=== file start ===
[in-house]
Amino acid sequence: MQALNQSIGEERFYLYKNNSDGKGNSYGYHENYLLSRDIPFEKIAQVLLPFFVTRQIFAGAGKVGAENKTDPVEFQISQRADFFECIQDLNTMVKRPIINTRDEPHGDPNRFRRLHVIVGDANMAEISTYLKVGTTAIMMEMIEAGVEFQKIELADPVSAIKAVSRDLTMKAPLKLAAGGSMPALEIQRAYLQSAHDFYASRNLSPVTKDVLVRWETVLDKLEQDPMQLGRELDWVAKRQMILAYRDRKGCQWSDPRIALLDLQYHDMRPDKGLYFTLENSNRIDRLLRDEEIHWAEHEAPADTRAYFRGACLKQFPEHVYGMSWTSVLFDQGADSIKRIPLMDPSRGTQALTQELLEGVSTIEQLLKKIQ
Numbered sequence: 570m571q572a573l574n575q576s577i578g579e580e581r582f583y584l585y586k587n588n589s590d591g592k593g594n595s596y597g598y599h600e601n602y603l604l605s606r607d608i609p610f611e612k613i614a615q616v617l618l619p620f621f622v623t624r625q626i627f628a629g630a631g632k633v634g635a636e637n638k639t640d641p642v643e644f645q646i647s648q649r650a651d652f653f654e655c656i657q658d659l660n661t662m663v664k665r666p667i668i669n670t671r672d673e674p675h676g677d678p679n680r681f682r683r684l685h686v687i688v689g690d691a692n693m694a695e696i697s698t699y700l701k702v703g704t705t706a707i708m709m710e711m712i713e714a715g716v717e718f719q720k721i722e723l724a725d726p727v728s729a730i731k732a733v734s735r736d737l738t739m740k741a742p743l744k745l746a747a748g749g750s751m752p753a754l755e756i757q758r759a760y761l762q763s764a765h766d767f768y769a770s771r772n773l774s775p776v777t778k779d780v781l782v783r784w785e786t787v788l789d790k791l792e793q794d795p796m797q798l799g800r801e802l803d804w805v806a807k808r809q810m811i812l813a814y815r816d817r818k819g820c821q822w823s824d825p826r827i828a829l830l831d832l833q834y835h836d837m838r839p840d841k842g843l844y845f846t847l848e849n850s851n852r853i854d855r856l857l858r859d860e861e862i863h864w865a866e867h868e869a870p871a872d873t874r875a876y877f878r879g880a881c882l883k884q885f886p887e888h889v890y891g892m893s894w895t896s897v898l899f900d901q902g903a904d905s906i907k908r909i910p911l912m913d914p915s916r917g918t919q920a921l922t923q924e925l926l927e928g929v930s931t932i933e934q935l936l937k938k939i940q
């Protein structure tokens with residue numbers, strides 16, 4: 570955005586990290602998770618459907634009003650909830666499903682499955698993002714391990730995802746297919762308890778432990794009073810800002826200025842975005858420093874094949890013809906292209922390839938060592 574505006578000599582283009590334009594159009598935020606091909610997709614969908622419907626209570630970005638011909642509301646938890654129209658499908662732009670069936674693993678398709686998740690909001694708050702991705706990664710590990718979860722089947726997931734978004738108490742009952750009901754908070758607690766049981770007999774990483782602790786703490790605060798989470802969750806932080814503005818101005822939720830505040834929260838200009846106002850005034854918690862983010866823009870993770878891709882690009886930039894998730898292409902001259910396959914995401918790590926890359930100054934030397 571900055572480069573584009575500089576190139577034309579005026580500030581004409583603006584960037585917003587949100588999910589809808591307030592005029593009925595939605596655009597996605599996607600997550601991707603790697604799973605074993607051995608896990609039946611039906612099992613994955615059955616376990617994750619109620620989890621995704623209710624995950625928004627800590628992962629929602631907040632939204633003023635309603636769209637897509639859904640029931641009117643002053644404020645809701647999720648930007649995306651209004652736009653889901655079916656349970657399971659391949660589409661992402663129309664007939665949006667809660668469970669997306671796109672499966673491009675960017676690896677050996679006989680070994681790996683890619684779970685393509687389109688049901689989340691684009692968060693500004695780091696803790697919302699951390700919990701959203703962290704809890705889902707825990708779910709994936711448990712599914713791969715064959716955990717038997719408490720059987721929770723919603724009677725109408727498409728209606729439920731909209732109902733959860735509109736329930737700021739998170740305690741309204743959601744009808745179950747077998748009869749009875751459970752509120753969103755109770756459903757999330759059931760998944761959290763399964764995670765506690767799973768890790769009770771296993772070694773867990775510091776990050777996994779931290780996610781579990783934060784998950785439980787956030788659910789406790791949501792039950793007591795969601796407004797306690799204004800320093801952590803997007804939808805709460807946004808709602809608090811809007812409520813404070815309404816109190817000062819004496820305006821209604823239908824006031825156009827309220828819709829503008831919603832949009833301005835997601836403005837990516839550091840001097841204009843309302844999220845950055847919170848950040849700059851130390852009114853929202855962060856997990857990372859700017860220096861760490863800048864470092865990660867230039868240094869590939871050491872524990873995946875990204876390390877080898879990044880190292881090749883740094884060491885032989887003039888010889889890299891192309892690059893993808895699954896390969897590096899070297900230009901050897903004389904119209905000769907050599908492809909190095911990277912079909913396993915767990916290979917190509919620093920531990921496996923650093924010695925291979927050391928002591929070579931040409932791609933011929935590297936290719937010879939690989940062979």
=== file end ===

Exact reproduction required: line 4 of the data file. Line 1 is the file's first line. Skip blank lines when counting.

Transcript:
């Protein structure tokens with residue numbers, strides 16, 4: 570955005586990290602998770618459907634009003650909830666499903682499955698993002714391990730995802746297919762308890778432990794009073810800002826200025842975005858420093874094949890013809906292209922390839938060592 574505006578000599582283009590334009594159009598935020606091909610997709614969908622419907626209570630970005638011909642509301646938890654129209658499908662732009670069936674693993678398709686998740690909001694708050702991705706990664710590990718979860722089947726997931734978004738108490742009952750009901754908070758607690766049981770007999774990483782602790786703490790605060798989470802969750806932080814503005818101005822939720830505040834929260838200009846106002850005034854918690862983010866823009870993770878891709882690009886930039894998730898292409902001259910396959914995401918790590926890359930100054934030397 571900055572480069573584009575500089576190139577034309579005026580500030581004409583603006584960037585917003587949100588999910589809808591307030592005029593009925595939605596655009597996605599996607600997550601991707603790697604799973605074993607051995608896990609039946611039906612099992613994955615059955616376990617994750619109620620989890621995704623209710624995950625928004627800590628992962629929602631907040632939204633003023635309603636769209637897509639859904640029931641009117643002053644404020645809701647999720648930007649995306651209004652736009653889901655079916656349970657399971659391949660589409661992402663129309664007939665949006667809660668469970669997306671796109672499966673491009675960017676690896677050996679006989680070994681790996683890619684779970685393509687389109688049901689989340691684009692968060693500004695780091696803790697919302699951390700919990701959203703962290704809890705889902707825990708779910709994936711448990712599914713791969715064959716955990717038997719408490720059987721929770723919603724009677725109408727498409728209606729439920731909209732109902733959860735509109736329930737700021739998170740305690741309204743959601744009808745179950747077998748009869749009875751459970752509120753969103755109770756459903757999330759059931760998944761959290763399964764995670765506690767799973768890790769009770771296993772070694773867990775510091776990050777996994779931290780996610781579990783934060784998950785439980787956030788659910789406790791949501792039950793007591795969601796407004797306690799204004800320093801952590803997007804939808805709460807946004808709602809608090811809007812409520813404070815309404816109190817000062819004496820305006821209604823239908824006031825156009827309220828819709829503008831919603832949009833301005835997601836403005837990516839550091840001097841204009843309302844999220845950055847919170848950040849700059851130390852009114853929202855962060856997990857990372859700017860220096861760490863800048864470092865990660867230039868240094869590939871050491872524990873995946875990204876390390877080898879990044880190292881090749883740094884060491885032989887003039888010889889890299891192309892690059893993808895699954896390969897590096899070297900230009901050897903004389904119209905000769907050599908492809909190095911990277912079909913396993915767990916290979917190509919620093920531990921496996923650093924010695925291979927050391928002591929070579931040409932791609933011929935590297936290719937010879939690989940062979």